Silence [DVD] [2016]

  • SKU: 5715603
  • Release Date: 03/28/2017
  • Rating: R
$9.99
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Overview

Ratings & Reviews


Overall Customer Rating:
96% of customers would recommend this product to a friend (146 out of 153)

Special Features


  • Closed Captioned

Synopsis


Silence
In this passion project from director Martin Scorsese (who spent nearly three decades trying to get it made), a 17th century Portuguese Jesuit priest (Andrew Garfield) receives word that his mentor (Liam Neeson) has renounced his faith while on a mission in Japan. Concerned, he travels to the island nation with another clergyman (Adam Driver) to investigate, only to find that the country's Christian population are being systematically exterminated. Witnessing the inglorious reality of torture and martyrdom committed against Japanese Christians rocks his faith to the core. Based on Shusaku Endo's acclaimed 1966 novel. ~ Violet LeVoit, Rovi

Cast & Crew


  • Liam Neeson
    Liam Neeson - Father Cristóvão Ferreira
  • Andrew Garfield
    Andrew Garfield - Father Sebastião Rodrigues
  • Adam Driver
    Adam Driver - Father Francisco Garrpe
  • Tadanobu Asano
    Tadanobu Asano - Interpreter
  • Ciarán Hinds
    Ciarán Hinds - Father Alessandro Valignano



Overall customer rating

4.6
96%
would recommend to a friend
  • Rating: 5 out of 5 stars

    One of Scorsese's mature masterpieces

    Posted
    RobertB
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    For over 25 years, Scorsese has been obsessed with this story which follows two 17th-century Jesuit priests who travel from Portugal to Japan in search of their missing mentor during a time when Christianity was outlawed and their presence forbidden. Scorsese grew up in Manhattan's Little Italy section where both priests and gangsters lived around him, and his early goal was to become a priest before deciding on being a filmmaker. Consequently, both religion and violence would inform his entire body of work, from "Kundun" and "The Last Temptation of Christ" to "Taxi Driver" and "Goodfellas". But "Silence" is far from being a simple religious film about Christian faith; instead it reflects Scorsese's lifetime struggle with doubt, or, more accurately, the 'silence of God' -- a subject that had obsessed Ingmar Bergman as well (particularly in Bergman's early sixties trilogy, most specifically its central film, "Winter Light" -- a story of a small town priest who loses his faith). This is a visually stunning film with performances that are perfect -- especially Andrew Garfield as the protagonist priest Rodrigues, Liam Neeson as his mentor Ferreira, and Japanese actor Yôsuke Kubozuka (who plays the crazed Kichijiro as if he were a descendant of Toshiro Mifune's bandit in "Seven Samurai"). Viewing this film however brings with it a warning: It is not for the unseasoned filmgoer and very difficult for many viewers to enjoy or even to sit through. I found it compelling throughout but it moves inexorably slow as a silk caterpillar crawling along a sheet of glass. Stylistically, too, it is unlike anything Scorsese has given us before, the exact antithesis of his preceding film, "Wolf of Wall Street" which was profane in its crude 'fun' as well as paced like a music video, more exemplary of the rapidly vibrant editing style we've all become used to. I can't say strongly enough that "Silence" is a Serious Film, obviously made by Scorsese for himself alone without giving a single whit about what critics or audiences will think about it. At 74, he has earned that right. Here is an obsessively personal document of a great filmmaker approaching his own winter sleep. Perhaps Scorsese is Icarus flying too close to the sun but I think it likely that in fifty years from now when scholars take in his complete filmography, "Silence" -- no matter how tedious it might seem today -- will stand out as a masterpiece not unlike the Danish master filmmaker Carl Dreyer's late works, "Ordet" and "Gertrude". I certainly felt every single minute of this difficult, very trying film but I took something priceless away with me when I left the theater. I recommend it highly to the most serious and devout filmgoer. All others should best stay away.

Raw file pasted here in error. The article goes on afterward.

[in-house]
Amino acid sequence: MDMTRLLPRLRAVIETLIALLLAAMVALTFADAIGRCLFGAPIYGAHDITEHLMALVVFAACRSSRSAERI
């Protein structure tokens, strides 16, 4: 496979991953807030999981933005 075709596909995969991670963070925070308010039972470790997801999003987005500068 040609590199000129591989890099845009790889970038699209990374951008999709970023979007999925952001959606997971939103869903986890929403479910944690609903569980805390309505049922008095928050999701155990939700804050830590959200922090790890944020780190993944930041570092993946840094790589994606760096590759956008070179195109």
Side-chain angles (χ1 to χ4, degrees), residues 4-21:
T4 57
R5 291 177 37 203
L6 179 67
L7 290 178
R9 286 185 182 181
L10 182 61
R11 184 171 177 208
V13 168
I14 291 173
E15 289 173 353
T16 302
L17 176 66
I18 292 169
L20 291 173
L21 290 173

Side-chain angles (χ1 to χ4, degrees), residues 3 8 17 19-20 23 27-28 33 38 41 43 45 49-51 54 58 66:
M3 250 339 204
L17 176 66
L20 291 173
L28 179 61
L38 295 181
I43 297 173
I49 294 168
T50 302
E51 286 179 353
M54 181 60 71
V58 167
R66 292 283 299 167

I would recommend this to a friend

  • Rating: 5 out of 5 stars

    A masterpiece for the serious film viewer

    Posted
    Excellent